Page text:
Refactoring MySQL Applications: Part 1

Posted in: MySQL, Technical Track

First off, let me wish you all a Happy 2009, and my apologies for being a bit slack with blogging in the last two months of 2008. It’s been a bunch of busy weeks, but I’m fully expecting to remedy that in this year.

Second, let me welcome you to this series on refactoring MySQL applications. I will cover best practices and useful tips, as well as show working examples of potential loopholes and solutions.

So, you are a DBA or a developer, and you’re faced with a problem. Your years-old application (perhaps you inherited it from a former co-worker) is now starting to keel over, and your choice of responses is limited.

Let’s start by saying that there are other ways to reach performance, but in some cases refactoring may be the only way that is possible to pursue, for one reason or another. Let’s take the refactoring way, focusing on SQL rather than applications, as there’s a lot that can be done on this side.

But first, why refactoring? Refactoring normally sits between parameter-tuning and throwing more hardware at the problem, and can be a very cost-effective way of solving performance or scalability issues.

So let’s start with a good point about composite indexes that seems to be forgotten sometimes. Given the following data . . .

group, category, name, manufacturer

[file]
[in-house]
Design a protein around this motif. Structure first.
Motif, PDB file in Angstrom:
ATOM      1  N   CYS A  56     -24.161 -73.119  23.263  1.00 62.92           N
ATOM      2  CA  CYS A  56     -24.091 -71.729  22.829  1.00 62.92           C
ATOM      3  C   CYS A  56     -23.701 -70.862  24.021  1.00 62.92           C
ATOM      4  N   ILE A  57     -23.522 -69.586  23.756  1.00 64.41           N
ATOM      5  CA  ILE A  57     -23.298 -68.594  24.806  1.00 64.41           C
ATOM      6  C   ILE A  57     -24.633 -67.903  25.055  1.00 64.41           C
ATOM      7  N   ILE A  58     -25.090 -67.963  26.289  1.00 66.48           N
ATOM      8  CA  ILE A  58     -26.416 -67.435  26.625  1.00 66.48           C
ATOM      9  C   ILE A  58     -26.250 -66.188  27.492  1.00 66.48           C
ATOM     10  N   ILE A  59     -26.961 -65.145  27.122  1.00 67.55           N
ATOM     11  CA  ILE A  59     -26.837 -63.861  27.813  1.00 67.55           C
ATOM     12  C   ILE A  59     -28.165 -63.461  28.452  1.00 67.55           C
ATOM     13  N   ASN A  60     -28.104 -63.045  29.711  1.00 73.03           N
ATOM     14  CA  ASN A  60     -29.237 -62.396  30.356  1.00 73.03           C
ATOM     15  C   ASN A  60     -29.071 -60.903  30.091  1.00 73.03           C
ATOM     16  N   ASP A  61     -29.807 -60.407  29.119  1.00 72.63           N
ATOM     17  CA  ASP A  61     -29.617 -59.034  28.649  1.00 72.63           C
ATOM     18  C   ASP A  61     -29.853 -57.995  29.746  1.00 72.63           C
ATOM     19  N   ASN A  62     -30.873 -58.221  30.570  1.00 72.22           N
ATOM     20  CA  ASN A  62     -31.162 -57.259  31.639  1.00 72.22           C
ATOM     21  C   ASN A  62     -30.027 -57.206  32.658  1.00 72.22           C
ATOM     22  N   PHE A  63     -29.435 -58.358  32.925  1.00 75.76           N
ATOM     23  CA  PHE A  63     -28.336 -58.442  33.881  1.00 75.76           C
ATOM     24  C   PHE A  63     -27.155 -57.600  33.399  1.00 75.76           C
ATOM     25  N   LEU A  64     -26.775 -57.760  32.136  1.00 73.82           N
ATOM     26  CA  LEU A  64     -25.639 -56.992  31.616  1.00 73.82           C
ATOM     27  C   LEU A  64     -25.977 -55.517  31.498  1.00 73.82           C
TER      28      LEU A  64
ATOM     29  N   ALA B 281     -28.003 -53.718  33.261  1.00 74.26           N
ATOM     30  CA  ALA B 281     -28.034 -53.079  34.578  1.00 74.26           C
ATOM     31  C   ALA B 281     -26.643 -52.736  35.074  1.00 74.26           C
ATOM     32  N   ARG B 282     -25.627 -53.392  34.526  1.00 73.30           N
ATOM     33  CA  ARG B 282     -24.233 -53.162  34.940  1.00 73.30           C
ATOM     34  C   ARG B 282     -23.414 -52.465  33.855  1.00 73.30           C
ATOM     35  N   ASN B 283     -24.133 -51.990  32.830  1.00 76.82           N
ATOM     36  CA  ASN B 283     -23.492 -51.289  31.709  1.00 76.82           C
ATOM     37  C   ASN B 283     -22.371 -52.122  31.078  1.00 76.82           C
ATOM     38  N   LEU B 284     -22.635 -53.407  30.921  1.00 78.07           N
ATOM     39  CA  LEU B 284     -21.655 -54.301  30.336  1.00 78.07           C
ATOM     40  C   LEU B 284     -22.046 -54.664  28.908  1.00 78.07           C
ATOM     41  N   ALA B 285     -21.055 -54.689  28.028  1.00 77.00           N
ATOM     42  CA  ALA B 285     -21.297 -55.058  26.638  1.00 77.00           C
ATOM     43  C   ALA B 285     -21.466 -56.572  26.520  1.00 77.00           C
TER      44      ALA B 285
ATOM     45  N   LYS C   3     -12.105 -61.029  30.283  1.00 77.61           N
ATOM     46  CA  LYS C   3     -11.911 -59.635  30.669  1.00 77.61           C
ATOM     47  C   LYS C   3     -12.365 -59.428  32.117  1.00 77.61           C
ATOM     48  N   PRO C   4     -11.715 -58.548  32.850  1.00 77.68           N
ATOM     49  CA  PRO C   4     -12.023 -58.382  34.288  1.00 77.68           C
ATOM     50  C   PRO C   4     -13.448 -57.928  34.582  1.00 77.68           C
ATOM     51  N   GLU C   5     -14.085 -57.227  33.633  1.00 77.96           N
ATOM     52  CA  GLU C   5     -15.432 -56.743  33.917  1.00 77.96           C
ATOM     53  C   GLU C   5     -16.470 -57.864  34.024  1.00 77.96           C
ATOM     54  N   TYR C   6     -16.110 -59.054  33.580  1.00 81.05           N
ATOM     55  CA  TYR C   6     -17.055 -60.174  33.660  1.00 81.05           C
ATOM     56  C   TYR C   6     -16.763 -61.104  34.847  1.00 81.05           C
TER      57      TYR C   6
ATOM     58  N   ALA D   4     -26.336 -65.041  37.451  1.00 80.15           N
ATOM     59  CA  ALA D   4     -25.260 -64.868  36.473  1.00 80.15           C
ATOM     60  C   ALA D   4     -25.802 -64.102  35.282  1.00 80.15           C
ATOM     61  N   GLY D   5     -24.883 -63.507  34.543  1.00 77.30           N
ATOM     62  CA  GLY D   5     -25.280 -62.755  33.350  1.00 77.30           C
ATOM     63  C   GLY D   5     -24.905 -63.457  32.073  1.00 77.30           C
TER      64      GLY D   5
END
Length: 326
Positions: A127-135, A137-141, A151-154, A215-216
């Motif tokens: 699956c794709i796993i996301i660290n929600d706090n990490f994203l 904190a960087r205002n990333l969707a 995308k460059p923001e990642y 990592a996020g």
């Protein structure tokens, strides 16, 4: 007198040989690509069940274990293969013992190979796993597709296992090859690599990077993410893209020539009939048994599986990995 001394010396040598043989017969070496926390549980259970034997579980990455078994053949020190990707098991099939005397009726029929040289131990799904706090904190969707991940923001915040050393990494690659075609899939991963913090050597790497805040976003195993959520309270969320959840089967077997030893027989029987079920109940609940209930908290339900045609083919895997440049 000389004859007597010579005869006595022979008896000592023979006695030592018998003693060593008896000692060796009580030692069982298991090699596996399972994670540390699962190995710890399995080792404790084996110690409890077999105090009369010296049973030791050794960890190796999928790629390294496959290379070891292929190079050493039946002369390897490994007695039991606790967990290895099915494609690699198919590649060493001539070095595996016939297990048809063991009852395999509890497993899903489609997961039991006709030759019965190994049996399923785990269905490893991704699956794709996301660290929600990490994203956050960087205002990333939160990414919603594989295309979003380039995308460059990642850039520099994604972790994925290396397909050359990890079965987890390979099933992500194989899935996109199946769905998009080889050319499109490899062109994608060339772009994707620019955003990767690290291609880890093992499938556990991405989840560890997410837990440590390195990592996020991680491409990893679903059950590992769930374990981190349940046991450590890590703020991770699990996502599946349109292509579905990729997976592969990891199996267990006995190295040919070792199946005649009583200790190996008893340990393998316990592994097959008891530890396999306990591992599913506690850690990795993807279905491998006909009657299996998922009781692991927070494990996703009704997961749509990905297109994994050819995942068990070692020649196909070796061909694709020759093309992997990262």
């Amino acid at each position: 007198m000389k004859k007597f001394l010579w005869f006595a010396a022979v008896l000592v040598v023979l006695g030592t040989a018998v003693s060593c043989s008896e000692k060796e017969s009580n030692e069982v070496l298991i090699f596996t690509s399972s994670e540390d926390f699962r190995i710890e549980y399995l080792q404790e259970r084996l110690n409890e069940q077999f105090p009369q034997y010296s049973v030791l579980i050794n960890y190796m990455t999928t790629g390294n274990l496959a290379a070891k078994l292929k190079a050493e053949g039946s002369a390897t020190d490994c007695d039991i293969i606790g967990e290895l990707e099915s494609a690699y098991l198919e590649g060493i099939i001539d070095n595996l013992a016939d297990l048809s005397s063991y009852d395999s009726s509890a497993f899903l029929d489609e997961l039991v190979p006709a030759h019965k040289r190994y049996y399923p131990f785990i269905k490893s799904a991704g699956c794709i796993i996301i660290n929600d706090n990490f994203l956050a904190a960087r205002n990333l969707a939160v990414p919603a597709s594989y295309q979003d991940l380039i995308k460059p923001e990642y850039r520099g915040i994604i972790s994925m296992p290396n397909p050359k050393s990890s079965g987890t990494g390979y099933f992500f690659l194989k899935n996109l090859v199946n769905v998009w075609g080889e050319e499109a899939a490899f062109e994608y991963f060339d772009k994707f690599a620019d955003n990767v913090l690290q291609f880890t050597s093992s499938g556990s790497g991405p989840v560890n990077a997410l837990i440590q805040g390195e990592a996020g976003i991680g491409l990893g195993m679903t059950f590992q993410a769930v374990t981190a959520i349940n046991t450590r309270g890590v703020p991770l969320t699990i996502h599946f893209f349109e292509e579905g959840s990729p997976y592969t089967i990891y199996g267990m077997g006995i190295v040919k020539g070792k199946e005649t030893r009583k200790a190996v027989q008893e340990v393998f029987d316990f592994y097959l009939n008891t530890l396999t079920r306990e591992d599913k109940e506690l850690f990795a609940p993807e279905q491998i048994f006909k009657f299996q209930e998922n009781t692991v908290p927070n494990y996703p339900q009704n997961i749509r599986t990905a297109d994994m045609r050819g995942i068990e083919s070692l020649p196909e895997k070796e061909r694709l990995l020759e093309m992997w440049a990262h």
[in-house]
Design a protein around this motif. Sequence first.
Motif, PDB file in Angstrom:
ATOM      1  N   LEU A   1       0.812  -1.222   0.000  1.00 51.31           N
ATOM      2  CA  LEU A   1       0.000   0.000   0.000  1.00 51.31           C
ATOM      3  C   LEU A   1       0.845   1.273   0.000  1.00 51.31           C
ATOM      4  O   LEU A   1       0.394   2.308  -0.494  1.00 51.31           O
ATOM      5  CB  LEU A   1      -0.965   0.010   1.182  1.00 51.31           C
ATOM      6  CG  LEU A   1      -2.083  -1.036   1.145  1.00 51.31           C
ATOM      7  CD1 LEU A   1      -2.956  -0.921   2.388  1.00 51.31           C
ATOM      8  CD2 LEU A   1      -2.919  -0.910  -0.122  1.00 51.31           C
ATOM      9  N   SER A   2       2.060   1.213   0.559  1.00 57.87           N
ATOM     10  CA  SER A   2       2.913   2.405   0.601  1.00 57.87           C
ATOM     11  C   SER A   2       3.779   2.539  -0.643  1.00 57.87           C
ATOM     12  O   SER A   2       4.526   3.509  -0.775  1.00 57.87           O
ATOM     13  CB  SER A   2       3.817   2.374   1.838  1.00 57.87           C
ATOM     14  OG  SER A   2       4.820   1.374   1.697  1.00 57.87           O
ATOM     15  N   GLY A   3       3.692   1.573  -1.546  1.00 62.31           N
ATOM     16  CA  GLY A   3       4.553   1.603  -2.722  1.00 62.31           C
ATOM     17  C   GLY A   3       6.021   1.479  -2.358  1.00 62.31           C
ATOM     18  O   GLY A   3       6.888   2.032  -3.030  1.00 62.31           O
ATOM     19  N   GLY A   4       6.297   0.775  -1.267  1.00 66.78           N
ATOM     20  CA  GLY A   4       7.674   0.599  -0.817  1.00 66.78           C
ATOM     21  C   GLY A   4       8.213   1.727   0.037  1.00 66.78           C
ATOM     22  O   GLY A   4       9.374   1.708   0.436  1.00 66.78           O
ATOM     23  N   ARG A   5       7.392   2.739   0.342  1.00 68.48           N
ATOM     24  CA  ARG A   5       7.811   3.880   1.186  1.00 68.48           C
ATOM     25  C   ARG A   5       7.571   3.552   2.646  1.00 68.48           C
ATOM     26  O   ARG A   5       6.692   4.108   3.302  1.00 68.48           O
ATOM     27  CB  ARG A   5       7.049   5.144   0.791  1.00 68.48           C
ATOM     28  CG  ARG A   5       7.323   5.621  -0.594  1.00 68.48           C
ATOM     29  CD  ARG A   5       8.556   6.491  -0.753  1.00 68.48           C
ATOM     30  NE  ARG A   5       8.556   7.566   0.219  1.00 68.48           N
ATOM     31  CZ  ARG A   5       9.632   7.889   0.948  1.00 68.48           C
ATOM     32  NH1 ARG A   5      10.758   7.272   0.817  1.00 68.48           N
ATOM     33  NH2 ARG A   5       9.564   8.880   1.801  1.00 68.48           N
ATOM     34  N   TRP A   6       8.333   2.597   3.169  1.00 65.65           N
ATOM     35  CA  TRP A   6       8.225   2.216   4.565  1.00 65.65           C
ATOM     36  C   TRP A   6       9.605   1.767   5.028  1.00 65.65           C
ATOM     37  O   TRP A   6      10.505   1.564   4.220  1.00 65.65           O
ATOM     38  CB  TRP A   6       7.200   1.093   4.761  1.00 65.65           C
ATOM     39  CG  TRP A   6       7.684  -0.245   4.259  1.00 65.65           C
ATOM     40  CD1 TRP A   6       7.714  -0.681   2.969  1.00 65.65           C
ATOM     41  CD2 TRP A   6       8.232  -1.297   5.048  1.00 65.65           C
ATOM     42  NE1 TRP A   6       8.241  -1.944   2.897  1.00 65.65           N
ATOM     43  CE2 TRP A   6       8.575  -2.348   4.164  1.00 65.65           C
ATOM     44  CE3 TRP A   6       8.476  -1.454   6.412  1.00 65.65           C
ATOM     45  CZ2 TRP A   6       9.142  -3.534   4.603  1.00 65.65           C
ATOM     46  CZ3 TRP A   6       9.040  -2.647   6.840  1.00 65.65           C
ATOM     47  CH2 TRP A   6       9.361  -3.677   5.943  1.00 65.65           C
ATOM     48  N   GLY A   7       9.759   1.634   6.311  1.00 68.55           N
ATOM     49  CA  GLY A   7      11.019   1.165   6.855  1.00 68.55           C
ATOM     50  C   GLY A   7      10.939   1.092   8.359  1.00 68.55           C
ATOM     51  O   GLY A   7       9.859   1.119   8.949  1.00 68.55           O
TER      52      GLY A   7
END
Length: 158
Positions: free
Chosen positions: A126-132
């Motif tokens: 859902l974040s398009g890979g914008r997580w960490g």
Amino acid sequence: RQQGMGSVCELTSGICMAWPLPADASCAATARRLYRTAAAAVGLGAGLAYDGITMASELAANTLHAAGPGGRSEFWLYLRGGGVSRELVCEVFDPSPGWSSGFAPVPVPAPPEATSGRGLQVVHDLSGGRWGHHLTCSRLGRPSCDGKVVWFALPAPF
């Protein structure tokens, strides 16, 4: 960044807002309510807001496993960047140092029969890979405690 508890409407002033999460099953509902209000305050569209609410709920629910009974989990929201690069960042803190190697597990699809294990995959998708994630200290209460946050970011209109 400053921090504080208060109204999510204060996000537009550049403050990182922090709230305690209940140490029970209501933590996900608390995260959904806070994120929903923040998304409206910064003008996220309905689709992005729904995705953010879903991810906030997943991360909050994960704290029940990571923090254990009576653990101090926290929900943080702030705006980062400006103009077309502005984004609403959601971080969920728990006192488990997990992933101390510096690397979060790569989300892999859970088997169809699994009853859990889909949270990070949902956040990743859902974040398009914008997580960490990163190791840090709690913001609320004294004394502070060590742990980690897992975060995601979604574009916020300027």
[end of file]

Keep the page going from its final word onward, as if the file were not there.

. . . we want to grab all Electronics from Apple. Given that we have an index on category and manufacturer, the data for category could look like this (visually explained, not following the column specifications): category=electronics, group=mp3, name=whatever name is used, manufacturer=apple/microsoft . . .

Electronics|TV|Apple TV|Apple

And so on. But, if we want to grab all the Apple electronics, we can quickly see that we’re also fetching other data (Microsoft zune in this case), which means that it’s not really that optimal, given that this is potentially a big table and fetching unneeded data is never good.

What if we use a index on (category,manufacturer) instead?

Electronics|Apple|TV|Apple TV

As shown here, the even more selective index allows us to group together all apple electronics and pull them out without including the Microsoft ones (if the query is for example SELECT ... FROM t1 WHERE category='Electronics' AND manufacturer='Apple'). However, don’t go around asking for example: SELECT ... FROM t1 WHERE manufacturer='Apple' if you only have this composite index, as it does not form a prefix of our (category,manufacturer) index, and will not be usable.

Using autocommit=1 can also be a major player in performance, so investigate how often you really should commit, and try to optimize that, as committing includes overhead, and will slow down your application. On the other hand, not committing may result in concurrency issues and/or data loss, so you need to find the sweet spot there.

To use views, or not to? Well, in some cases views can increase performance, and in some cases they can reduce it. Let’s take a look at the “employees” example database, trying to count the number of employees in a specific department (whether or not they’re still working there).

Let us also compare a view with another example. So, first let’s create a view:

mysql> CREATE VIEW v_emp_by_dept AS
    -> SELECT dept_no, COUNT(emp_no) Employees
    -> FROM dept_emp
    -> GROUP BY dept_no;
Query OK, 0 rows affected (0.11 sec)

mysql> set query_cache_type=0;
Query OK, 0 rows affected (0.02 sec)

And then let’s get some data out of it:

mysql> SELECT SQL_NO_CACHE dept_no, Employees 
    -> FROM v_emp_by_dept
    -> WHERE 
    ->  dept_no = 'd002';
| dept_no | Employees |
| d002    |     17346 | 
1 row in set (0.18 sec)

All fine and okay. But, 0.18 seconds, even on my (admittedly overloaded) laptop? We gotta be able to decrease that. Let’s try another approach: